Whose design should we follow?

Amazon, Facebook, eBay, et. al. have bad websites from a design perspective (in my opinion), but are incredibly popular.

All these sites fulfil a lot of different user needs, and suffer a cluttered page as a result - with some tasks being difficult to achieve for the user.
Should we draw design inspiration from Facebook — because it’s a massively popular website? Is their design ‘correct’, as it is a design used by so many users?

I would argue that it’s design is no more valid than any other website — and that’s down to my thoughts that the reasons for it’s popularity are not due to it being well designed and easy to use. It’s success stems from sheer volume of signed up users and some killer features.

I have many issues with how difficult and painful using Facebook is, so I can’t agree to use Facebook as an exemplar in all cases.

I check my Facebook feed from time to time, maybe once a week - my user need is to find out what my friends have been up to. Often I check my feed because I know something is happening — a birthday or other event. When I check my feed I may see no mention of this and some random things highlighted from days / weeks ago. I don’t know how to find what I'm ‘missing’ without searching for specific friends’ pages. I might be inclined to check more regularly if this problem didn't occur.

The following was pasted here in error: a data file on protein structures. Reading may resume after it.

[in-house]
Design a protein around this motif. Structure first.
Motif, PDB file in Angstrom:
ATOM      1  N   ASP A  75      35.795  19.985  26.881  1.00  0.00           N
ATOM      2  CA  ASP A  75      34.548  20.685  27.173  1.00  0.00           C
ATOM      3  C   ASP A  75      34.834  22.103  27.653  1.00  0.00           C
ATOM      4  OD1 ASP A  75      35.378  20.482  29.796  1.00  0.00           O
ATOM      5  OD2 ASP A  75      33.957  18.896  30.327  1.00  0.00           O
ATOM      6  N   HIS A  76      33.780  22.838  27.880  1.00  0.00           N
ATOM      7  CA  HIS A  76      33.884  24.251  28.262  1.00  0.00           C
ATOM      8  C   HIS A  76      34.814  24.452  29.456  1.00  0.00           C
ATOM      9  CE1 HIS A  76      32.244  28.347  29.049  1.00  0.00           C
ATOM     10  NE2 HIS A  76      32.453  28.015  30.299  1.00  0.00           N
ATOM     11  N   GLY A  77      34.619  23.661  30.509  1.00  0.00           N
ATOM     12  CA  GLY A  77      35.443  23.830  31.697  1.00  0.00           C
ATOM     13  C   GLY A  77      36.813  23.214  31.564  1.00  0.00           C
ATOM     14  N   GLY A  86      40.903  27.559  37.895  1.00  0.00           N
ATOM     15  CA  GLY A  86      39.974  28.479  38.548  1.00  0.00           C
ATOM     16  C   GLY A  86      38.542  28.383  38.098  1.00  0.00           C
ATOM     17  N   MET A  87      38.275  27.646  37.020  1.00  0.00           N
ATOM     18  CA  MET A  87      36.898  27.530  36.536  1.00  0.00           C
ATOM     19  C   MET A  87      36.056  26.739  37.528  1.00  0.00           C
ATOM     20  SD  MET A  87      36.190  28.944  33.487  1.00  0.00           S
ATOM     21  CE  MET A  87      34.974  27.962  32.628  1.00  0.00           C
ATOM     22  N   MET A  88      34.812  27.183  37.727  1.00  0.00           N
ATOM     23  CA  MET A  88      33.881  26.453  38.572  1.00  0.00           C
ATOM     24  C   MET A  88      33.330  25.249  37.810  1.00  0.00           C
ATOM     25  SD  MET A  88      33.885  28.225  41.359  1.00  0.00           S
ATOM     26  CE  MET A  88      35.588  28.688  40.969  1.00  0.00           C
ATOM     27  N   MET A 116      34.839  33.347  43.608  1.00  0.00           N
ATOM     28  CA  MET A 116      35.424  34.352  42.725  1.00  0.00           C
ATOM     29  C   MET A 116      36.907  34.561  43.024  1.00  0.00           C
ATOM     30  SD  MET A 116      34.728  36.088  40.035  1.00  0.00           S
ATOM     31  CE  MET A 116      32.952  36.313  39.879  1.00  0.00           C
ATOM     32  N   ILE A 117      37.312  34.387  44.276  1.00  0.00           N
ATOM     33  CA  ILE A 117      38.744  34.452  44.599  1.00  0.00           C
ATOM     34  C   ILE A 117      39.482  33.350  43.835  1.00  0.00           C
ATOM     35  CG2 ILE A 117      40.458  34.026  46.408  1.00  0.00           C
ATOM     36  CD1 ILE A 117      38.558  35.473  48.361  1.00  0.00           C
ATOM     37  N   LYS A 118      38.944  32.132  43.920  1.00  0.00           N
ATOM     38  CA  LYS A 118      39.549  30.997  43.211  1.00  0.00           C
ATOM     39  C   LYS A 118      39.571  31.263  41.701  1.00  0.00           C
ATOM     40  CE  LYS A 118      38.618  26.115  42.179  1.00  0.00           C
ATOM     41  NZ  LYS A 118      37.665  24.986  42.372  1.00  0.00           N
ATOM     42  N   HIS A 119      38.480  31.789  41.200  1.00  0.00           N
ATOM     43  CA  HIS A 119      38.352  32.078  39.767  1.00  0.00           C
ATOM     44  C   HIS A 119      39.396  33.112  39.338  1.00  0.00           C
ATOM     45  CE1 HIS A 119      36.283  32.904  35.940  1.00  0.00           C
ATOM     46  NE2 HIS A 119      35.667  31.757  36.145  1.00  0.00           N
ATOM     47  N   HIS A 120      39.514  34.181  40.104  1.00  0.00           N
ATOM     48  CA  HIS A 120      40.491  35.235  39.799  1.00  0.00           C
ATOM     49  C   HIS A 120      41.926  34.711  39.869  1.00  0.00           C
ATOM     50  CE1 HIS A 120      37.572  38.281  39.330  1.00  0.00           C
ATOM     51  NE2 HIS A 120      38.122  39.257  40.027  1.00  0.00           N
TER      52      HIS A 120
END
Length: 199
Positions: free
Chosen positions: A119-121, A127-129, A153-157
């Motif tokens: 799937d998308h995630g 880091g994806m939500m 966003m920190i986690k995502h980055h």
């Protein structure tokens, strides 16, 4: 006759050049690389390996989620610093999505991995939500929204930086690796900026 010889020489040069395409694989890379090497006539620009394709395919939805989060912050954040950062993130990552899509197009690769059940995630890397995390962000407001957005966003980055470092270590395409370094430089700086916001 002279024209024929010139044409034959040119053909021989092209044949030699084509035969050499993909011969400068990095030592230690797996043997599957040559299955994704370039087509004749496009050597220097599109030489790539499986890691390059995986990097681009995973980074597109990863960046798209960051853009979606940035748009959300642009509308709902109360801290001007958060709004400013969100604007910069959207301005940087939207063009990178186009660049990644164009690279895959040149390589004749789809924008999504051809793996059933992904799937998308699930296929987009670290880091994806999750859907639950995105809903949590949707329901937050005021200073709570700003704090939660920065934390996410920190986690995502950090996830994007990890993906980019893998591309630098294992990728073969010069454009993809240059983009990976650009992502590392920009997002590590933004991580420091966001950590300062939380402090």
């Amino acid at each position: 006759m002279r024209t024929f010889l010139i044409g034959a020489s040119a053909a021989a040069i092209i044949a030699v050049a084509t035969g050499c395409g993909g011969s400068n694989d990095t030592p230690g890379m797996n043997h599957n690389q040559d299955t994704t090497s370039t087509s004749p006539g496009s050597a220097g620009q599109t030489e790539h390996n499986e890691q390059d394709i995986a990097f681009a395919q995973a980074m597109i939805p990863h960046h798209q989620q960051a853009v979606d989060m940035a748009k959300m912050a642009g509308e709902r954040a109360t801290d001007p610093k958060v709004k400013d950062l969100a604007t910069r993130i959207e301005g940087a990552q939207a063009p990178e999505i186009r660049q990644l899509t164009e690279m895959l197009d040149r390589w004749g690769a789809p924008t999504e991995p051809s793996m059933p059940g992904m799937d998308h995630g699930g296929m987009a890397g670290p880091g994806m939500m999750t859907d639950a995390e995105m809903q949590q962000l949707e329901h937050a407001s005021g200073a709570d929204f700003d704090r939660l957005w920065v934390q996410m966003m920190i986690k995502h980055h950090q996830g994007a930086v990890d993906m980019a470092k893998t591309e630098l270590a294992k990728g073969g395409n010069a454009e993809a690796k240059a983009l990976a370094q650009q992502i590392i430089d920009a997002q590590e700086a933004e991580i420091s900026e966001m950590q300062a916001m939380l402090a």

While working on a website, the three line (burger) menu icon was suggested as a good way of allowing the user to open a menu in a mobile browser. The reasoning was that, “Facebook use it on their app”.

This is where we start to enter dangerous territory, if we blindly follow anything Facebook does. There are things that Facebook does very well, but copying anything a successful product does without question is a bad step to take.

Every design decision should be discussed on it’s own merits, rather than just because a large site uses it — this is the path to innovation rather than imitation.

There is so much inspiration to be found, that limiting our references to massive websites will limit the possibilities of new ideas.

One clap, two clap, three clap, forty?

By clapping more or less, you can signal to us which stories really stand out.